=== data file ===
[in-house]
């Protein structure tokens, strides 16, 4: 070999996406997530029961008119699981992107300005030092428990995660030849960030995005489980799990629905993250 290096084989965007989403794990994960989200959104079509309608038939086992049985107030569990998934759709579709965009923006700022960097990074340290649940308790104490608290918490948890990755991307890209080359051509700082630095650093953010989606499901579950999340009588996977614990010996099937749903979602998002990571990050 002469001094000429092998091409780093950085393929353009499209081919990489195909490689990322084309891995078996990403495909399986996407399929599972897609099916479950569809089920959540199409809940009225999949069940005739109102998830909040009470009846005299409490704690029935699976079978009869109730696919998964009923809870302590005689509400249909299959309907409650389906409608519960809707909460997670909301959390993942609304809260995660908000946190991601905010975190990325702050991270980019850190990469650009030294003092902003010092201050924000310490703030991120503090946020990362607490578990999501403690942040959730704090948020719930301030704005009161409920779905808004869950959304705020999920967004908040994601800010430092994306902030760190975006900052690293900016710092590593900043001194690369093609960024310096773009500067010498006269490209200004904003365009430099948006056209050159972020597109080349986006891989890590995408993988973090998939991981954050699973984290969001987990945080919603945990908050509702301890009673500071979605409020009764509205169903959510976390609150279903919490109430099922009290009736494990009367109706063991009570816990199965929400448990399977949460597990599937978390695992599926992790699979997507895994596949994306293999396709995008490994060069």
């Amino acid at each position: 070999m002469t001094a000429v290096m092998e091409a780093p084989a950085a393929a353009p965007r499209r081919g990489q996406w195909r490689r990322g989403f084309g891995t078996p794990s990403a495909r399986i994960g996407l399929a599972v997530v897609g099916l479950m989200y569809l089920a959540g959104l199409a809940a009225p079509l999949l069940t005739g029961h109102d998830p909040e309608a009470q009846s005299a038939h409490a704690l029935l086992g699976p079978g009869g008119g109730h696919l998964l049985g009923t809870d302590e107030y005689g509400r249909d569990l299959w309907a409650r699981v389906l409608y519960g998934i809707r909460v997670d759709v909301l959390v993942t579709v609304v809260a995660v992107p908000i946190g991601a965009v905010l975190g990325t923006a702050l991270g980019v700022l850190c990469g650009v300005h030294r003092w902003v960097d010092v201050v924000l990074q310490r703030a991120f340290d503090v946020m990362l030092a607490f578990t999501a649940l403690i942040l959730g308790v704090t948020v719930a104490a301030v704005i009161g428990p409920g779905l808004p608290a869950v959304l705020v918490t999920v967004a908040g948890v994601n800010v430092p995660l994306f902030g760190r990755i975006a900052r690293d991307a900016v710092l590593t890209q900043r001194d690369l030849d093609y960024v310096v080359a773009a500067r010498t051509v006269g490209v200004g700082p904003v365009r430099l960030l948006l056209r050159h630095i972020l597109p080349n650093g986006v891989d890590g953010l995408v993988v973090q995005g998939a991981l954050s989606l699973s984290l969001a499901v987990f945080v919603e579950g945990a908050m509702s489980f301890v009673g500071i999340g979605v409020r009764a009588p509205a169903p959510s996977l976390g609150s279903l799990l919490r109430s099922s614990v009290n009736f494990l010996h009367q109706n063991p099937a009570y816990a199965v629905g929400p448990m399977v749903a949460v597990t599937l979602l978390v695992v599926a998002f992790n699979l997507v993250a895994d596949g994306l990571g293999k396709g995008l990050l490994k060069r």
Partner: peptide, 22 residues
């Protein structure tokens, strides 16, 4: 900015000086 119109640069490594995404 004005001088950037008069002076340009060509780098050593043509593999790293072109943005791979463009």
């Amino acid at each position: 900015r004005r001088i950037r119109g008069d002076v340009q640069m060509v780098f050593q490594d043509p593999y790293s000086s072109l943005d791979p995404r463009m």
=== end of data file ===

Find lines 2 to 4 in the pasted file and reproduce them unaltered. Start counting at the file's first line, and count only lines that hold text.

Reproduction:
């Protein structure tokens, strides 16, 4: 070999996406997530029961008119699981992107300005030092428990995660030849960030995005489980799990629905993250 290096084989965007989403794990994960989200959104079509309608038939086992049985107030569990998934759709579709965009923006700022960097990074340290649940308790104490608290918490948890990755991307890209080359051509700082630095650093953010989606499901579950999340009588996977614990010996099937749903979602998002990571990050 002469001094000429092998091409780093950085393929353009499209081919990489195909490689990322084309891995078996990403495909399986996407399929599972897609099916479950569809089920959540199409809940009225999949069940005739109102998830909040009470009846005299409490704690029935699976079978009869109730696919998964009923809870302590005689509400249909299959309907409650389906409608519960809707909460997670909301959390993942609304809260995660908000946190991601905010975190990325702050991270980019850190990469650009030294003092902003010092201050924000310490703030991120503090946020990362607490578990999501403690942040959730704090948020719930301030704005009161409920779905808004869950959304705020999920967004908040994601800010430092994306902030760190975006900052690293900016710092590593900043001194690369093609960024310096773009500067010498006269490209200004904003365009430099948006056209050159972020597109080349986006891989890590995408993988973090998939991981954050699973984290969001987990945080919603945990908050509702301890009673500071979605409020009764509205169903959510976390609150279903919490109430099922009290009736494990009367109706063991009570816990199965929400448990399977949460597990599937978390695992599926992790699979997507895994596949994306293999396709995008490994060069």
């Amino acid at each position: 070999m002469t001094a000429v290096m092998e091409a780093p084989a950085a393929a353009p965007r499209r081919g990489q996406w195909r490689r990322g989403f084309g891995t078996p794990s990403a495909r399986i994960g996407l399929a599972v997530v897609g099916l479950m989200y569809l089920a959540g959104l199409a809940a009225p079509l999949l069940t005739g029961h109102d998830p909040e309608a009470q009846s005299a038939h409490a704690l029935l086992g699976p079978g009869g008119g109730h696919l998964l049985g009923t809870d302590e107030y005689g509400r249909d569990l299959w309907a409650r699981v389906l409608y519960g998934i809707r909460v997670d759709v909301l959390v993942t579709v609304v809260a995660v992107p908000i946190g991601a965009v905010l975190g990325t923006a702050l991270g980019v700022l850190c990469g650009v300005h030294r003092w902003v960097d010092v201050v924000l990074q310490r703030a991120f340290d503090v946020m990362l030092a607490f578990t999501a649940l403690i942040l959730g308790v704090t948020v719930a104490a301030v704005i009161g428990p409920g779905l808004p608290a869950v959304l705020v918490t999920v967004a908040g948890v994601n800010v430092p995660l994306f902030g760190r990755i975006a900052r690293d991307a900016v710092l590593t890209q900043r001194d690369l030849d093609y960024v310096v080359a773009a500067r010498t051509v006269g490209v200004g700082p904003v365009r430099l960030l948006l056209r050159h630095i972020l597109p080349n650093g986006v891989d890590g953010l995408v993988v973090q995005g998939a991981l954050s989606l699973s984290l969001a499901v987990f945080v919603e579950g945990a908050m509702s489980f301890v009673g500071i999340g979605v409020r009764a009588p509205a169903p959510s996977l976390g609150s279903l799990l919490r109430s099922s614990v009290n009736f494990l010996h009367q109706n063991p099937a009570y816990a199965v629905g929400p448990m399977v749903a949460v597990t599937l979602l978390v695992v599926a998002f992790n699979l997507v993250a895994d596949g994306l990571g293999k396709g995008l990050l490994k060069r």
Partner: peptide, 22 residues